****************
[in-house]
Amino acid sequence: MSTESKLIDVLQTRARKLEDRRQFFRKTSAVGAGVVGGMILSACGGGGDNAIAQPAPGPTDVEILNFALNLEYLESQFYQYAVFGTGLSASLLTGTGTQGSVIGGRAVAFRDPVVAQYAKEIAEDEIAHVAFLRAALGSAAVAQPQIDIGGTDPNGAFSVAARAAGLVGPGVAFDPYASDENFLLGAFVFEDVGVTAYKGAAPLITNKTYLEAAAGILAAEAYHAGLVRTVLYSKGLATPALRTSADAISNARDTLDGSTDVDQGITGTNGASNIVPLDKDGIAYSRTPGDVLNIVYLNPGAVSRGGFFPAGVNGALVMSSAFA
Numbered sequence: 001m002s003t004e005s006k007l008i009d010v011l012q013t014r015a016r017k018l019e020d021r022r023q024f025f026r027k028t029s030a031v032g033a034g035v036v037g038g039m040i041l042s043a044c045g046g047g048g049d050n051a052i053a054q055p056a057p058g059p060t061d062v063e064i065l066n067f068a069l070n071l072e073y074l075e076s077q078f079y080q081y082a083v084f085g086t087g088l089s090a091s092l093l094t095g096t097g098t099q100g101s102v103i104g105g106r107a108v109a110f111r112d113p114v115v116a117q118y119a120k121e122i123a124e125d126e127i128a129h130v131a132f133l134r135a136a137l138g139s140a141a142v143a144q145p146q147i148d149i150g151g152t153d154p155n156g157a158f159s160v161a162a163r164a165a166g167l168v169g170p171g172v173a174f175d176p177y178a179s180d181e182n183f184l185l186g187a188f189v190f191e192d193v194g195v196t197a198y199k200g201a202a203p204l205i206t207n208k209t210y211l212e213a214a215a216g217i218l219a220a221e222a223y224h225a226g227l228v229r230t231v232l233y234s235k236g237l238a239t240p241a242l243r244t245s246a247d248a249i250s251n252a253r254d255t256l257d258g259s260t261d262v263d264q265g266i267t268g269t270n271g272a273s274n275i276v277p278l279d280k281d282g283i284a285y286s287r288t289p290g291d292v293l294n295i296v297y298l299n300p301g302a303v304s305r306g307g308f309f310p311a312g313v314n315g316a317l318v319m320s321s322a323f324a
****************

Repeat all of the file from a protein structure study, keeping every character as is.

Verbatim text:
[in-house]
Amino acid sequence: MSTESKLIDVLQTRARKLEDRRQFFRKTSAVGAGVVGGMILSACGGGGDNAIAQPAPGPTDVEILNFALNLEYLESQFYQYAVFGTGLSASLLTGTGTQGSVIGGRAVAFRDPVVAQYAKEIAEDEIAHVAFLRAALGSAAVAQPQIDIGGTDPNGAFSVAARAAGLVGPGVAFDPYASDENFLLGAFVFEDVGVTAYKGAAPLITNKTYLEAAAGILAAEAYHAGLVRTVLYSKGLATPALRTSADAISNARDTLDGSTDVDQGITGTNGASNIVPLDKDGIAYSRTPGDVLNIVYLNPGAVSRGGFFPAGVNGALVMSSAFA
Numbered sequence: 001m002s003t004e005s006k007l008i009d010v011l012q013t014r015a016r017k018l019e020d021r022r023q024f025f026r027k028t029s030a031v032g033a034g035v036v037g038g039m040i041l042s043a044c045g046g047g048g049d050n051a052i053a054q055p056a057p058g059p060t061d062v063e064i065l066n067f068a069l070n071l072e073y074l075e076s077q078f079y080q081y082a083v084f085g086t087g088l089s090a091s092l093l094t095g096t097g098t099q100g101s102v103i104g105g106r107a108v109a110f111r112d113p114v115v116a117q118y119a120k121e122i123a124e125d126e127i128a129h130v131a132f133l134r135a136a137l138g139s140a141a142v143a144q145p146q147i148d149i150g151g152t153d154p155n156g157a158f159s160v161a162a163r164a165a166g167l168v169g170p171g172v173a174f175d176p177y178a179s180d181e182n183f184l185l186g187a188f189v190f191e192d193v194g195v196t197a198y199k200g201a202a203p204l205i206t207n208k209t210y211l212e213a214a215a216g217i218l219a220a221e222a223y224h225a226g227l228v229r230t231v232l233y234s235k236g237l238a239t240p241a242l243r244t245s246a247d248a249i250s251n252a253r254d255t256l257d258g259s260t261d262v263d264q265g266i267t268g269t270n271g272a273s274n275i276v277p278l279d280k281d282g283i284a285y286s287r288t289p290g291d292v293l294n295i296v297y298l299n300p301g302a303v304s305r306g307g308f309f310p311a312g313v314n315g316a317l318v319m320s321s322a323f324a